This research feature had rather a troubled gestation period. We started by preparing 3D models of the polyelectrolyte chains – shown right. These were animated to bring them together so that we could show salt formation between the poly(amine) and the poly(acid) at the interface. Unfortunately it was not at all clear what was going on, so we went back to the drawing board…
The final feature uses a single still graphic to show how the different polymers can attract each other at neutral pH, whilst having no affinity in either acid or base. We then illustrated this by re-producing one of the experiments described in the paper – which results in the two surfaces popping apart when they are immersed in acid.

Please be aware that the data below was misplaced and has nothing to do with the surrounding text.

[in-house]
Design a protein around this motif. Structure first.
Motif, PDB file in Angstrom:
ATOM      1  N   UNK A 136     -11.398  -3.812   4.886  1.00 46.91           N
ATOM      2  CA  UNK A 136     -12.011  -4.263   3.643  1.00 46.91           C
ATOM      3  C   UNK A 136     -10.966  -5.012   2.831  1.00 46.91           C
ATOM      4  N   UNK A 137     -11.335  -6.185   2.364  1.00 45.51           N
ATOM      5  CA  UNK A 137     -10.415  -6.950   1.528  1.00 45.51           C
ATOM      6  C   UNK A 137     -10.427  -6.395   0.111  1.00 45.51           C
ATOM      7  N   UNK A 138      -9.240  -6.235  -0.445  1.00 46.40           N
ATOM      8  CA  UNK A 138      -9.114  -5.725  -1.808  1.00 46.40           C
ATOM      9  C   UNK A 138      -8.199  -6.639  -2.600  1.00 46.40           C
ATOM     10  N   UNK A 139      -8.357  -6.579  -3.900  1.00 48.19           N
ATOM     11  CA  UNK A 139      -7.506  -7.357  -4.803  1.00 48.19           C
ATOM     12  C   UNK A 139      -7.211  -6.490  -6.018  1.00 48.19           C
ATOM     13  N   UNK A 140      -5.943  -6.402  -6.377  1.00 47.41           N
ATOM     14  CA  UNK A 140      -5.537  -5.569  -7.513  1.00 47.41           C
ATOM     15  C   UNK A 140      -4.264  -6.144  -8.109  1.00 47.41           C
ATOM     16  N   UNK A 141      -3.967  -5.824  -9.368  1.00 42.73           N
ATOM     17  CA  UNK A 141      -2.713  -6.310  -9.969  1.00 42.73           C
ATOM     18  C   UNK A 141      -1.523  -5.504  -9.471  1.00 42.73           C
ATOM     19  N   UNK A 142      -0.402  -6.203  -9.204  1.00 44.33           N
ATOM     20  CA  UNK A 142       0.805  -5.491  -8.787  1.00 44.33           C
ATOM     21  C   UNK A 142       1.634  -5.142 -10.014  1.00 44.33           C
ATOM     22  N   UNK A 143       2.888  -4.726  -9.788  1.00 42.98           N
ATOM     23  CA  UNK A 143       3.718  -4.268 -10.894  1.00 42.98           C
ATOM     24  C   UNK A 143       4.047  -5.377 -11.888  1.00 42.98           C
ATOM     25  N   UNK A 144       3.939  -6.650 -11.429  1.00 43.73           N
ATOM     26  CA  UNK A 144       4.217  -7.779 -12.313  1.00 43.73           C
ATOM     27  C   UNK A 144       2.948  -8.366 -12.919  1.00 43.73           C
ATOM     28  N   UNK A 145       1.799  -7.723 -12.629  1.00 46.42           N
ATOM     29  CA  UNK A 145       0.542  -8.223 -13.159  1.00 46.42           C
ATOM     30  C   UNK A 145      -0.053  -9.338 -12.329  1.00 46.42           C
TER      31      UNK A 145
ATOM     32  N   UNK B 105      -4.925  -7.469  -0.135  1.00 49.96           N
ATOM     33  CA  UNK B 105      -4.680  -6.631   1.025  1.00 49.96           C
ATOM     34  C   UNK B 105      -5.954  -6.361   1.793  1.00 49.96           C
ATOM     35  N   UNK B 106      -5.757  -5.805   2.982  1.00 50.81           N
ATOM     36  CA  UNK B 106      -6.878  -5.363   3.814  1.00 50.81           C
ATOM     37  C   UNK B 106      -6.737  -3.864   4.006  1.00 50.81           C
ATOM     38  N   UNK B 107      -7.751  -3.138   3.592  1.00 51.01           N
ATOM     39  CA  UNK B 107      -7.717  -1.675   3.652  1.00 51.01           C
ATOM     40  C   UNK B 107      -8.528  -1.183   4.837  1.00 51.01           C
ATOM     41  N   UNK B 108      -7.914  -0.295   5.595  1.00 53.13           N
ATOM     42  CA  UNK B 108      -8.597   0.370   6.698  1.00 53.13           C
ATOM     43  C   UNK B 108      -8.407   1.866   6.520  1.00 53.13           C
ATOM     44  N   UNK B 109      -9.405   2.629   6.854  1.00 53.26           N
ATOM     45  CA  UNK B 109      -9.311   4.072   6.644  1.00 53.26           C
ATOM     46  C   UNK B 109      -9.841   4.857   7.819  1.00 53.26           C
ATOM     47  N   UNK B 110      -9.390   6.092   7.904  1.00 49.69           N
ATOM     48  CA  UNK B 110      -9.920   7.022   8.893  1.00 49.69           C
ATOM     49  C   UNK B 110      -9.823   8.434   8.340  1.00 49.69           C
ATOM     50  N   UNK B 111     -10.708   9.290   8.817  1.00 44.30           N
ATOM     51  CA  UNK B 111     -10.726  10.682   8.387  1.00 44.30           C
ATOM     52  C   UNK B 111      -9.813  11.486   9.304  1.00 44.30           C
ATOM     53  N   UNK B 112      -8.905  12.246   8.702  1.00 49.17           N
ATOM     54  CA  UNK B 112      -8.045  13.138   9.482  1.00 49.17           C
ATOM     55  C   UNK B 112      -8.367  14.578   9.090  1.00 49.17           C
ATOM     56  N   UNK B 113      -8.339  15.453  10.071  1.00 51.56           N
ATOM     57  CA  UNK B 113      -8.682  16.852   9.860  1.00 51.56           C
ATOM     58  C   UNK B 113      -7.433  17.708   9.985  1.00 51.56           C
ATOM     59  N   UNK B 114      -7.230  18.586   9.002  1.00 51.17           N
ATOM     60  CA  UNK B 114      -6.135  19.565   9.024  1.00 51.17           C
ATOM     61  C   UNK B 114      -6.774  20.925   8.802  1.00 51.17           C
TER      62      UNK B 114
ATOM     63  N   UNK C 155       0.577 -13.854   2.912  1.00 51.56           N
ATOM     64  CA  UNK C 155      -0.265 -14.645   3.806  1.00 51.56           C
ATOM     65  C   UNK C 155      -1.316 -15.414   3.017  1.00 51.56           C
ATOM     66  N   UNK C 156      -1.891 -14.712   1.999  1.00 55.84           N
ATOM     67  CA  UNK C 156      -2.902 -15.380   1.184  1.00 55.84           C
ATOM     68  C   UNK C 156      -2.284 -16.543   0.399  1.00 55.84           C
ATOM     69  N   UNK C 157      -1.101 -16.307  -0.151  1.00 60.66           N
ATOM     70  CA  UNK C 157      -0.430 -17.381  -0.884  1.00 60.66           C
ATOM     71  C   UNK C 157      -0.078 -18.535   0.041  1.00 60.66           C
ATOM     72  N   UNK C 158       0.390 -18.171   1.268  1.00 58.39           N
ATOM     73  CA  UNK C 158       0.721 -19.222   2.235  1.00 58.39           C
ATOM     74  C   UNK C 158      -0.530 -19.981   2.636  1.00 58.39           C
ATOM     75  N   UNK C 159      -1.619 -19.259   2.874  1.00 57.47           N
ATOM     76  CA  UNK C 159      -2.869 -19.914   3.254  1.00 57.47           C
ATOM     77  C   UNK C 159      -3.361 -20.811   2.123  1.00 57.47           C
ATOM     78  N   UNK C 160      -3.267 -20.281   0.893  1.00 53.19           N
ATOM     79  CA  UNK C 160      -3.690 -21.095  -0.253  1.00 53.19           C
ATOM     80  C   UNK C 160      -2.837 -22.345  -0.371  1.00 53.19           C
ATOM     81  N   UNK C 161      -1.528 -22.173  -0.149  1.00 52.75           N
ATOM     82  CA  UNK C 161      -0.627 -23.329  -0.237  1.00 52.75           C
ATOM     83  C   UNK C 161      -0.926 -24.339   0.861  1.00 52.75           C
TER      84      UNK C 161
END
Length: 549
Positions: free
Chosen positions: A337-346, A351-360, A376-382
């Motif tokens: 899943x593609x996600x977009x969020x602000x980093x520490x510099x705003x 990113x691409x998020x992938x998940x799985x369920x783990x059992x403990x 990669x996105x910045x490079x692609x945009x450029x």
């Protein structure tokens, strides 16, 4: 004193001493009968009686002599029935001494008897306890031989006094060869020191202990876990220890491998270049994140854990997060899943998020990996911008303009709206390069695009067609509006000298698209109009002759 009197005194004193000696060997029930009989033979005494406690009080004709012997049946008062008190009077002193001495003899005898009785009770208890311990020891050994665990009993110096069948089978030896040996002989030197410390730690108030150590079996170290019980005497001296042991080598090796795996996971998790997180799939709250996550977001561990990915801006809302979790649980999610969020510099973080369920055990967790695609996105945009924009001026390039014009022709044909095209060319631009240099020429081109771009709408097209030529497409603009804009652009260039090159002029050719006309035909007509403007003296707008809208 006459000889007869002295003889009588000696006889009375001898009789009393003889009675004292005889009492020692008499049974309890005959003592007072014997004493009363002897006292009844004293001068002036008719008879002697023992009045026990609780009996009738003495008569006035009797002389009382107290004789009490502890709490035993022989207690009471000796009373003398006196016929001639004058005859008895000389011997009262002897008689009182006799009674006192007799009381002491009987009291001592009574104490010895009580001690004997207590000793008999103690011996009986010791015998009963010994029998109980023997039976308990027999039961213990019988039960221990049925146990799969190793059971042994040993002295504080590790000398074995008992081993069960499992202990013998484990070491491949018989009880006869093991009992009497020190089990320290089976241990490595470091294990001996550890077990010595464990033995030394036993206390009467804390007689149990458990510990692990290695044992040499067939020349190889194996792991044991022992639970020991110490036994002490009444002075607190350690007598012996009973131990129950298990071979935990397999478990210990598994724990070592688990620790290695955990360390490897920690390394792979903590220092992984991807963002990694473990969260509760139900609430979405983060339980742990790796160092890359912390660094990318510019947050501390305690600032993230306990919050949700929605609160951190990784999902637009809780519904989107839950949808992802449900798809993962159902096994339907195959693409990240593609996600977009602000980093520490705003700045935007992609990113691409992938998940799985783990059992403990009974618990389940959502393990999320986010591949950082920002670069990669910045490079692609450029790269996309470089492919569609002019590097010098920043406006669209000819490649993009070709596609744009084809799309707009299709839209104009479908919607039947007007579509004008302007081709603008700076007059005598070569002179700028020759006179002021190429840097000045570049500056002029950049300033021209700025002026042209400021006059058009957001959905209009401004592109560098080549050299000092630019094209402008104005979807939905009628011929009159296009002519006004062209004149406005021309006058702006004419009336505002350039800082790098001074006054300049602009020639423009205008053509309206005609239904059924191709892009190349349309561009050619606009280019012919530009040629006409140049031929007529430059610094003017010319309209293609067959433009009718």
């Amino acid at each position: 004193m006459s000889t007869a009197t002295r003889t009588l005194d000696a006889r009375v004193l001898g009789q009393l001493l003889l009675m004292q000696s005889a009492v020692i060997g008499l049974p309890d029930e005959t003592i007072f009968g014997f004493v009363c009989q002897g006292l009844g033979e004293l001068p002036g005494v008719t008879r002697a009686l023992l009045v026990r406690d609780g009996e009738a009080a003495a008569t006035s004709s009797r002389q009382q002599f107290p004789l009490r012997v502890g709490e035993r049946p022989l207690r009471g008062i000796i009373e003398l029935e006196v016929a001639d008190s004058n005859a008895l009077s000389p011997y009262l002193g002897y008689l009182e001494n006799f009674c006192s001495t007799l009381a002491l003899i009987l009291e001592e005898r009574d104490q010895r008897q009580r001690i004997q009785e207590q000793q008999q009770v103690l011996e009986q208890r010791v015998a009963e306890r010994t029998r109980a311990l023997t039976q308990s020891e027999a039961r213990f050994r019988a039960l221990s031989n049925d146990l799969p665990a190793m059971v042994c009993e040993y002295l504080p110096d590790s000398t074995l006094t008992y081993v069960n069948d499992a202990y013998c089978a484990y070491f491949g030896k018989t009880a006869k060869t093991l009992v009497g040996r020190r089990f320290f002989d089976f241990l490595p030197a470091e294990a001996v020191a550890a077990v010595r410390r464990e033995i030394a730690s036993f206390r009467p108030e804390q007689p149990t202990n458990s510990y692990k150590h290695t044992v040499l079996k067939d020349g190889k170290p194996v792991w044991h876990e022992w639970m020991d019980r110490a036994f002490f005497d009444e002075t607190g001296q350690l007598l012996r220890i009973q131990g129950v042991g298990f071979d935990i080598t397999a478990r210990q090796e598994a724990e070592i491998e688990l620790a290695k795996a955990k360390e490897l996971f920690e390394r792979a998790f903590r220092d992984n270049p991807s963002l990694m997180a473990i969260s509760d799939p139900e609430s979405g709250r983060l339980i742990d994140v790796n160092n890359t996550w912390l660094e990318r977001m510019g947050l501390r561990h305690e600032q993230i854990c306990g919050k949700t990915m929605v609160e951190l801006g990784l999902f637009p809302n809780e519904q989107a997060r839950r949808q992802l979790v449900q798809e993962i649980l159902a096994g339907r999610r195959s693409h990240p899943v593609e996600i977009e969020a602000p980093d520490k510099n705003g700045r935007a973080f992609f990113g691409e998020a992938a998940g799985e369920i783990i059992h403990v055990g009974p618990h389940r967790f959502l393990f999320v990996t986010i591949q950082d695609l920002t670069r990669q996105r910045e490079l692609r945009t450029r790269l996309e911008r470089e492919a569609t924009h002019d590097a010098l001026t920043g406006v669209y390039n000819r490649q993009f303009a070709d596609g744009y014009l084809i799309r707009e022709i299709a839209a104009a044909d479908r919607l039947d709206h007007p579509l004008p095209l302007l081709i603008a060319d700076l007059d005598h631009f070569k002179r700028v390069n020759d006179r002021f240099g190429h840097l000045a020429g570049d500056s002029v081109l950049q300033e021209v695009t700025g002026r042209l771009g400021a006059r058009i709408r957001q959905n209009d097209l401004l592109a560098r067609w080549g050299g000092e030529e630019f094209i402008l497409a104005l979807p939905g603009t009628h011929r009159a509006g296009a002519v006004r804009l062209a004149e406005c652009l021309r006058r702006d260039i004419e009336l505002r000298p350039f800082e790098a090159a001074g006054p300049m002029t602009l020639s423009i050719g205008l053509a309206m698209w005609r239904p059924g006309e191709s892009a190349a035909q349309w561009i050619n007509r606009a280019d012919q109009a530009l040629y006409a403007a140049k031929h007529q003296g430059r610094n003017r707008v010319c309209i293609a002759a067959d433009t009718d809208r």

Switchable adhesion is potentially very useful. Most things are made out of more than one material, and this makes recycling very difficult. Traditional glues are OK, but they usually require heat or organic solvents to break them up. This simple demonstration of a glue that stops being sticky in acidified water shows that this can be done easily, and in an environmentally friendly manner.
For the complete story see: Nanofolio research – switchable adhesion.